The Rev. Wilber H. Benz Jr., who was pastor of Faith Baptist Church in Hampstead, died of liver and kidney failure yesterday at the Markey Cancer Center in Lexington, Ky. He was 47.
On July 19, he underwent a bone-marrow transplant intended to rid his body of chronic myelogenic leukemia, a hospital spokeswoman said.
Funeral services for Mr. Benz will be 11 a.m. Friday at the Westminster Baptist Church, 354 Crest Lane, Westminster. Viewing hours will be 3 p.m. to 5 p.m. and 7 p.m. to 9 p.m. Thursday at the Eline Funeral Home, 934 S. Main St., Hampstead.
A native of Tampa, Fla., Mr. Benz settled in the area in 1982 as pastor of Hampstead Baptist Church and later founded Faith Baptist Church.
His warm personality, quick smile and concern for others drew increasing numbers of people each Sunday to the cafeteria at Hampstead Elementary school, a temporary meeting place for the churchgoers until their own building on Harvey Gummel Road is completed.
The illness added a new, somewhat circular aspect to his ministry to the people of Faith Baptist Church, Mr. Benz said in an Evening Sun interview last November. "They're grieving, and I'm their pastor, and I'm supposed to respond to their grief," he said. "At the same time, I'm the one they're grieving over."
It was Mr. Benz's hope to return to see the completion of the new building, which will feature a day-care center.
"We were all very hopeful that he would make it through this," said Gary Bowers, chairman of the deacon board at Faith Baptist Church. "We all knew that odds for his recovery were only 40 percent.
"Reverend Benz had a strong belief that he would be able to continue his work and we all believed it, too. But we also knew that if it didn't work out he would be in a better place . . . that he would be in God's hands," Mr. Bowers said.
Mr. Benz's yearlong struggle with cancer had been an up-and-down battle. Faith's close-knit congregation of nearly 100 did not mind sharing the struggle with his wife, Linda, and their daughters, Shannon, 17, and Lauren, 12.
After learning last summer that their pastor was afflicted with leukemia and had a one-in-20,000 chance of finding a donor whose blood type matched the pastor's, the congregation sponsored local blood drives, drawing almost 1,000 people throughout the region.
In the months that followed, some parishioners offered the pastor words of wisdom and faith, as well as suggestions of massive doses of Vitamin E, carrot juice and other home remedies purported to cure cancer.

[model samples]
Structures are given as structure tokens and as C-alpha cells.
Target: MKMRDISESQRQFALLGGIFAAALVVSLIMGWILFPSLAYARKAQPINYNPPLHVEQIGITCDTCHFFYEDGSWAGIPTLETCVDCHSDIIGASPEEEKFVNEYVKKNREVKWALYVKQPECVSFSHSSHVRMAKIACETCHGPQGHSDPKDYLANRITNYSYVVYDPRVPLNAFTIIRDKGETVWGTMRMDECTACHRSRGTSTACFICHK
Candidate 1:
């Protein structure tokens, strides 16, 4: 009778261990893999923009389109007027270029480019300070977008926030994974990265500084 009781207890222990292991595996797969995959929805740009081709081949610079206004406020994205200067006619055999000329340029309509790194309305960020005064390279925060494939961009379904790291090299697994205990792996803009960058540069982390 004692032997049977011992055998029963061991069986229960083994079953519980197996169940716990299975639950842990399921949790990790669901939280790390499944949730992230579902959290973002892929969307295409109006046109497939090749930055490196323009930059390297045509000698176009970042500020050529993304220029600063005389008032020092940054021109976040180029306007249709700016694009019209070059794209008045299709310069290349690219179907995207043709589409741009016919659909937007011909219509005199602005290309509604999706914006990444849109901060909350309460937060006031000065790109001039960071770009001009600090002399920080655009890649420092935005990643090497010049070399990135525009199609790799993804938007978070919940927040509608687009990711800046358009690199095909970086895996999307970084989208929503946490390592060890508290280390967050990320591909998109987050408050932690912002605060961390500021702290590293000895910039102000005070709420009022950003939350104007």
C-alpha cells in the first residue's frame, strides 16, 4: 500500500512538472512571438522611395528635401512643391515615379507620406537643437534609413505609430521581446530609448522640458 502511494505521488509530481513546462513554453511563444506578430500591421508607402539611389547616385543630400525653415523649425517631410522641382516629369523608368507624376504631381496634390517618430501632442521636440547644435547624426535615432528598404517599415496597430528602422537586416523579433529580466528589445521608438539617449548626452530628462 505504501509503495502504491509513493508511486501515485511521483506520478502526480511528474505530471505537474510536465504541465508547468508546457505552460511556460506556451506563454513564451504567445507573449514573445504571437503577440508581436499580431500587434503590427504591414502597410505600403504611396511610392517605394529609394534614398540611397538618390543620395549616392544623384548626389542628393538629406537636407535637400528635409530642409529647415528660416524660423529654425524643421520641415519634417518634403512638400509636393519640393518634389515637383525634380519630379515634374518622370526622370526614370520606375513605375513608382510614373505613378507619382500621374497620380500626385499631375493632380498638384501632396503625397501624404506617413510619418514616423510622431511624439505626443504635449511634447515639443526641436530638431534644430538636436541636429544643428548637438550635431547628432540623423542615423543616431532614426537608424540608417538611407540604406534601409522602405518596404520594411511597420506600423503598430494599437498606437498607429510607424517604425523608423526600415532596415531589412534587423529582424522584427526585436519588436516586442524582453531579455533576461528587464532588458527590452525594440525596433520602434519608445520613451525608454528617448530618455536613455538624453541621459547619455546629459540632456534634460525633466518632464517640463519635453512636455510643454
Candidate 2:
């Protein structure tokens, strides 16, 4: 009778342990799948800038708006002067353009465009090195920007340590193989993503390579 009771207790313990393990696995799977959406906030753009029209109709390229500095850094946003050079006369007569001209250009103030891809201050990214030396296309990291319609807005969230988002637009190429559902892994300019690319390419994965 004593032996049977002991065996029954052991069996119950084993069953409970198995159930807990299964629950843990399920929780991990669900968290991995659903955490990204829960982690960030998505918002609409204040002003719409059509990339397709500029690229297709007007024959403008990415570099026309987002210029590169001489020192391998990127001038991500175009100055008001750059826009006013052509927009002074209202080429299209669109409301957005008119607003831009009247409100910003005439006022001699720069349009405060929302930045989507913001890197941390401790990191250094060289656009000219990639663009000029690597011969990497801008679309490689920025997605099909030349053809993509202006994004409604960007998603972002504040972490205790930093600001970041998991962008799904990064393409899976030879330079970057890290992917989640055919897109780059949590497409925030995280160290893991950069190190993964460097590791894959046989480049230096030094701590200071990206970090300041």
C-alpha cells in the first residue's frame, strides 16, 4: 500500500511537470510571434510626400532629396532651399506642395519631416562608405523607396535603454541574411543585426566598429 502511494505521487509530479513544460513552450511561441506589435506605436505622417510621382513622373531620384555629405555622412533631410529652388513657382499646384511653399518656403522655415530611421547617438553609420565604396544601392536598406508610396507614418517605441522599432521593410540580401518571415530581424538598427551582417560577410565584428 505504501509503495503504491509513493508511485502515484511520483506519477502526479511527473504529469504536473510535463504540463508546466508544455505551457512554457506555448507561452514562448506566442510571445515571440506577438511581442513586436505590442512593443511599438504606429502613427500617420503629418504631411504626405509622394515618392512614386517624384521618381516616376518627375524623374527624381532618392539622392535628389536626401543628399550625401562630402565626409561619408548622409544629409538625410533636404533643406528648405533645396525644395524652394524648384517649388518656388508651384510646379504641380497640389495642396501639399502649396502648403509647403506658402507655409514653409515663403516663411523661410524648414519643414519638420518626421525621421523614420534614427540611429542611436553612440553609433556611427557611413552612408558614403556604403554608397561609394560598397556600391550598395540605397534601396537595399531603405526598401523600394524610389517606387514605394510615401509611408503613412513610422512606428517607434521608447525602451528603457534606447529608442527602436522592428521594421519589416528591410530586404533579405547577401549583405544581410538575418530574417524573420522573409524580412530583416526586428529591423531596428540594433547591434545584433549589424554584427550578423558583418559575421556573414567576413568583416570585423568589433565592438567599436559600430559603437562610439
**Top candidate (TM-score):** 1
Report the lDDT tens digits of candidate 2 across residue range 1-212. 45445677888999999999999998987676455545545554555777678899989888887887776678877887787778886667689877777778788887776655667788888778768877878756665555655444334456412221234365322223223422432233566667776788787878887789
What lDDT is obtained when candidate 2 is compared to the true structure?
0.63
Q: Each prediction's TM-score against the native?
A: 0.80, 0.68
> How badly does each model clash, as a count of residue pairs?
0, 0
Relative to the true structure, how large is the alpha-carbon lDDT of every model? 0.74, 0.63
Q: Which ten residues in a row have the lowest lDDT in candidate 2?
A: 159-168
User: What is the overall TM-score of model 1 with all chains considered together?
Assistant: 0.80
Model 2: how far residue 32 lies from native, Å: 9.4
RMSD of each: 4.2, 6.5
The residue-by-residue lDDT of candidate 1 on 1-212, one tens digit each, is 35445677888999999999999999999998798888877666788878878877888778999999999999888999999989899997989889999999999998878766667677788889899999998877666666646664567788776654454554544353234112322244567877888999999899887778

In November, Mr. Benz learned his white cell count was approaching the point where he would have to be careful about exposure to infection. At the same time, he often found himself having to comfort others who started out trying to comfort him.
"I'm really vulnerable," he said then. "I stand at the door every Sunday and shake hands with 75 people. I hug them. I shake their hands." He speculated on how he could ever do his work without close human contact. "I'm not the sort of person to retreat from all that."
The spirits of his parishioners were dampened when a Washington hospital refused to perform the transplant without a perfect donor match. Later, they were overjoyed when the Kentucky hospital approved the procedure using the pastor's youngest daughter as a donor, even though her blood had only four of the six antigens needed.
The congregation held banquets and other fund-raisers to help pay for the pastor's personal expenses and cover medical services that his insurance would not.
Members of the Faith Baptist Church said they did what they would do for any loved one. They accept no praise, they say, only sorrow that they could not be at the pastor's bedside and comfort his family as he lay dying.
"The reality of it has not set in," said William "Skip" Rigler, a member of the church. "Reverend Benz was not just a pastor, he was my friend and a friend to everyone else. He's going to be missed tremendously."
Mr. Bowers concurred.
"Teen-agers loved him because he was just like a big kid with them, carrying on and horsing around at the youth retreats. The senior adults loved him because he was compassionate and understood the problems they had when you get older and your body doesn't function as it used to," he said.